Ranging in age from toddlers to preteens, the orphans of the National Action Culture Association in Phnom Penh train daily in traditional Cambodian performing arts and rehearse an original production combining dance, melodrama, singing, and fighting.
Adam Pfleghaar and A. Todd Smith, directors of the astonishing Still I Strive, capture the children’s rehearsals, friendships, unguarded moments, and anticipation of their unlikely goal of performing for Princess Norodom Buppha Devi, a Cambodian dance expert and sister to the king.
The kids are talented and charismatic in a real and profound way, not an abstract, “all children are precious and beautiful” way.
The filmmakers choose their best moments: performances, funny interactions, and expressions of hope. Pfleghaar and Smith also coax out their stories of abandonment, abuse, loss, and, ultimately, the redemptive stories in which they find their way to the NACA orphanage. That’s all great. But the directors elevate the picture to a level of emotional genius by filming the children’s play as a full-on cinematic adaptation, shot and edited with seriousness and polish.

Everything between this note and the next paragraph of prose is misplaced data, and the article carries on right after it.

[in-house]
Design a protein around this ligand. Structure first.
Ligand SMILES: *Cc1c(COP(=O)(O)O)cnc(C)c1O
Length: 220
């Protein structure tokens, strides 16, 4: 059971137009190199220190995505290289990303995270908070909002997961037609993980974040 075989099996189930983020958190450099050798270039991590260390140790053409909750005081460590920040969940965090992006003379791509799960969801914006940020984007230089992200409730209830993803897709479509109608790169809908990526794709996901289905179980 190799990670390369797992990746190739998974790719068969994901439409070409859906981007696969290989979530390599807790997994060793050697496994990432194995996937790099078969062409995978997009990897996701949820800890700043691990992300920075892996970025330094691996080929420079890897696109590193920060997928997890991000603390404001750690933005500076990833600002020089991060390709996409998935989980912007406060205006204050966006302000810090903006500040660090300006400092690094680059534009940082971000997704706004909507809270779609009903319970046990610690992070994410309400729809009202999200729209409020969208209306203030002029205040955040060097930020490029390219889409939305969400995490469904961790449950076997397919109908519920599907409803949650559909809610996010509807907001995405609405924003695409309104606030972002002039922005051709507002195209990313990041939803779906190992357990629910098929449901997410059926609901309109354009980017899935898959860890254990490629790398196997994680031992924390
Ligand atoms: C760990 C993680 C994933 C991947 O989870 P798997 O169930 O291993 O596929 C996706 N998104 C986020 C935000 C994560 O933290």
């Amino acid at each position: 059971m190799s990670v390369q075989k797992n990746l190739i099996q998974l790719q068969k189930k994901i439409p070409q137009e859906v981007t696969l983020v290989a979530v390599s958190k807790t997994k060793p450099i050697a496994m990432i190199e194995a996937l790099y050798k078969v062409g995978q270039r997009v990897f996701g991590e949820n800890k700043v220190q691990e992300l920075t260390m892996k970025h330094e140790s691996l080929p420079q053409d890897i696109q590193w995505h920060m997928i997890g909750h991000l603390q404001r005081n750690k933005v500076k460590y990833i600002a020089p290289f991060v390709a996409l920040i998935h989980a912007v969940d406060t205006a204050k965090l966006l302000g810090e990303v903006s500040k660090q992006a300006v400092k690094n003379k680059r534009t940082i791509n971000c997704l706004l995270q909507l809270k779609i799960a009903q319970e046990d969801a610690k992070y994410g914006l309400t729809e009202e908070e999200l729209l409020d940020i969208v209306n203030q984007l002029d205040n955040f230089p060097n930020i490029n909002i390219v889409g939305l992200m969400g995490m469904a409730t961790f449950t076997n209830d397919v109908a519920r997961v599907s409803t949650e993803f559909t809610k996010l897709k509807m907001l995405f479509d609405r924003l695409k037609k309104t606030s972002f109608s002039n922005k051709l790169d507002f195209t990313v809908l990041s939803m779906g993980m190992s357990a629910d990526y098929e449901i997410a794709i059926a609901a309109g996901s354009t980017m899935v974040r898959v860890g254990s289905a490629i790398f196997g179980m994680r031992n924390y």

This film-within-the-film is an epic tale of battles, forest chases, horror, and heroism. Its story of loss, triumph, and adventure maps exactly to the documentary’s focus and the vector of its story, and the directors intercut the two films, the thresholds and crises of both dovetailing into a brilliant, emotionally coherent whole.